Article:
Anthony Ashley Bevan


Bevan1859-1933.  Scholar of Hebrew; Lecturer in Oriental Languages, Lord Almoner's Professor of Arabic.

Anthony Bevan was educated at Cheam, Surrey, the Gymnase Littéraire, Lausanne, and the University of Strasbourg, where he studied under Theodor Noeldeke, one of the greatest scholars in the field of oriental studies. He entered Trinity in 1884, and obtained a first in the Semitic languages tripos of 1887. In 1888 he gained a Tyrwhitt Hebrew scholarship and the Mason prize for biblical Hebrew, and two years later was elected a Fellow and appointed lecturer in oriental languages. In 1893 he became Lord Almoner's Professor of Arabic at Cambridge, a post previously held by his brother-in-law. It had an annual stipend of only £50, but Bevan had ample private means (his father was the head of the banking house which would become Barclays) and was soon dispensed from the one obligation of lecturing formally once a year. The post was abolished after his death. He was elected a Fellow of the British Academy in 1916, resigning in 1928.

Bevan was "one of the dozen most learned Arabists, not of England and Europe only, but of the whole world. He was almost equally distinguished for his knowledge of Hebrew and Old Testament literature. He knew Syriac thoroughly and other Semitic languages well, and he had an excellent acquaintance with Persian language and literature". (Burkitt).

He also had a knowledge of Sanskrit, and was fluent in French, Italian, and German. His published work was relatively small, but of the highest scholarship. He was fastidious and scrupulously careful: as he observed in the course of one of his typically uncompromising reviews, ‘even slight inaccuracies are liable to become sources of confusion’. His friends and pupils could well believe the story that he was almost reduced to tears on discovering a misprint in one of his own works.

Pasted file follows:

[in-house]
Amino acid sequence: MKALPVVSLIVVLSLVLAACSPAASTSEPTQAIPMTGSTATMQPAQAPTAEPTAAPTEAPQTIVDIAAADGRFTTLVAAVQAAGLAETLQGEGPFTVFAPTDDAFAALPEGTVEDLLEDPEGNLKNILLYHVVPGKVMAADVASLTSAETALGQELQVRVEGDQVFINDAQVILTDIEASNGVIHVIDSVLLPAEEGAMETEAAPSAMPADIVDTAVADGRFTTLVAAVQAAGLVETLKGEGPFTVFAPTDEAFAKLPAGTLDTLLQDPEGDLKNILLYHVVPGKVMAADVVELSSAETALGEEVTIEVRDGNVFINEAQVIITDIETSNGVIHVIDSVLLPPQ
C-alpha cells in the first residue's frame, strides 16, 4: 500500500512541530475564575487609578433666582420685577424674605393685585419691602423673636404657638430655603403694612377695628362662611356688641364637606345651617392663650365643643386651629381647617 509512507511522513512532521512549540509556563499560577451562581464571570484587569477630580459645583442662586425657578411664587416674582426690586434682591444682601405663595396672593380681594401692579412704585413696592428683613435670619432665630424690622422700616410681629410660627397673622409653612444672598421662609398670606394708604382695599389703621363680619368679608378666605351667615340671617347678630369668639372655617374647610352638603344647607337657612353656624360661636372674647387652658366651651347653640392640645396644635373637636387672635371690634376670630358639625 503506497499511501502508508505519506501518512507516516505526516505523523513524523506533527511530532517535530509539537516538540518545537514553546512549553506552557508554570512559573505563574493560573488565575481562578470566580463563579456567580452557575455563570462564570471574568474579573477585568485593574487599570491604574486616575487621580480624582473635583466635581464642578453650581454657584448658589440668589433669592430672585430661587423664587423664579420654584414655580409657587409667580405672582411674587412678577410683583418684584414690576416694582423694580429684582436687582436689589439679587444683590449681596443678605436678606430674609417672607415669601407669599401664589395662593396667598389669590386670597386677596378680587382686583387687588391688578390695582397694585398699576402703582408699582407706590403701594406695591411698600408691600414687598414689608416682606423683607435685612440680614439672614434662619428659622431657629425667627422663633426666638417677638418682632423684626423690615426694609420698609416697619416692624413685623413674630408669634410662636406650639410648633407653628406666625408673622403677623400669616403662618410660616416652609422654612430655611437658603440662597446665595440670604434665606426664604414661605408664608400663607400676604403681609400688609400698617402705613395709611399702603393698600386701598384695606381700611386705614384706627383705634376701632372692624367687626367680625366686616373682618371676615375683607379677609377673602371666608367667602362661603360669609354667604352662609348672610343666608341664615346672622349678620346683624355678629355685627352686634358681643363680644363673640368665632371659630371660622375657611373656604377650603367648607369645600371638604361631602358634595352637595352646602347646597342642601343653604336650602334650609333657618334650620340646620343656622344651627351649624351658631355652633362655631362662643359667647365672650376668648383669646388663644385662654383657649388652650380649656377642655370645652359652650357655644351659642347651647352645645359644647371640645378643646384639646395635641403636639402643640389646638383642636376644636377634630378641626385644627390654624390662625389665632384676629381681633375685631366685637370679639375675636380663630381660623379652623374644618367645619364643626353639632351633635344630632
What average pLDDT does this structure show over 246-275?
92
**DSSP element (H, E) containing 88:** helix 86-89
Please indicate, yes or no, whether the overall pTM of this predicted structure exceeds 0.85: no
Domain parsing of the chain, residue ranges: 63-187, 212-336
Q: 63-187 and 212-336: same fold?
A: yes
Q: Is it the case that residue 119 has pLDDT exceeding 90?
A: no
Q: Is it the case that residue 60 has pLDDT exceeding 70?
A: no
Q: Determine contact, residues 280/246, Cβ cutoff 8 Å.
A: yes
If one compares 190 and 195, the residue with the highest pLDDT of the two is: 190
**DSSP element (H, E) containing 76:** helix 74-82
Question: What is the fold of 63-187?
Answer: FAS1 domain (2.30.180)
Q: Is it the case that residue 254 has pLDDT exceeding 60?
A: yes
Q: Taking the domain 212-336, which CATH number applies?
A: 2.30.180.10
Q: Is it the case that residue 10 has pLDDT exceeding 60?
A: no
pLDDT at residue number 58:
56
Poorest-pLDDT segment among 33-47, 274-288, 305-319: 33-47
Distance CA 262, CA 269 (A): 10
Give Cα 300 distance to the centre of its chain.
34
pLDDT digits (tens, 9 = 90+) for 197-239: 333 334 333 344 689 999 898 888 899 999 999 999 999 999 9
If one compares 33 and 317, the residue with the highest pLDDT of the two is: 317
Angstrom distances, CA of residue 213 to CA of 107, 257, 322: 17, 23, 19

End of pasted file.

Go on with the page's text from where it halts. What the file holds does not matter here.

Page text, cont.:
If Bevan's output was slight he spared himself no pains in assisting his colleagues, among other ways by reading their proofs: many, including his brother Edwyn, an archaeologist and Hellenist, were indebted to his scholarship. He was generous with his inherited wealth. He was a benefactor of the University Library and Museum of Archaeology, gave all his books to the Faculty of Oriental Languages, and left £10,000 to Trinity. Unostentatious, he was determined to ensure that his benefactions were made without drawing attention to himself.



Memorial inscription Translation


linguarum multarum peritus Arabicae professor
homo non sine aculeis misericors
per XLII annos socius societatis numerum auxit legato


Anthony Ashley Bevan, M.A., an expert in many languages, was Professor of Arabic. 
A compassionate man who nonetheless did not lack a cutting edge, he was a Fellow for forty-two years.  He increased the size of the Fellowship by his bequest.  He was born in 1859 and died in 1933.


Anthony Ashley Bevan

Brass located on the north wall of the Ante-Chapel.
Inscription text by E. Harrison.


Bevan brass.  Click for enlarged view




Click on the thumbnail for a larger image.


Abram Samoilovitch Besicovitch


Full index of



Alfred Maurice Binnie

Brasses A-B Brasses C-G Brasses H-K Brasses L-P Brasses R-S Brasses T-W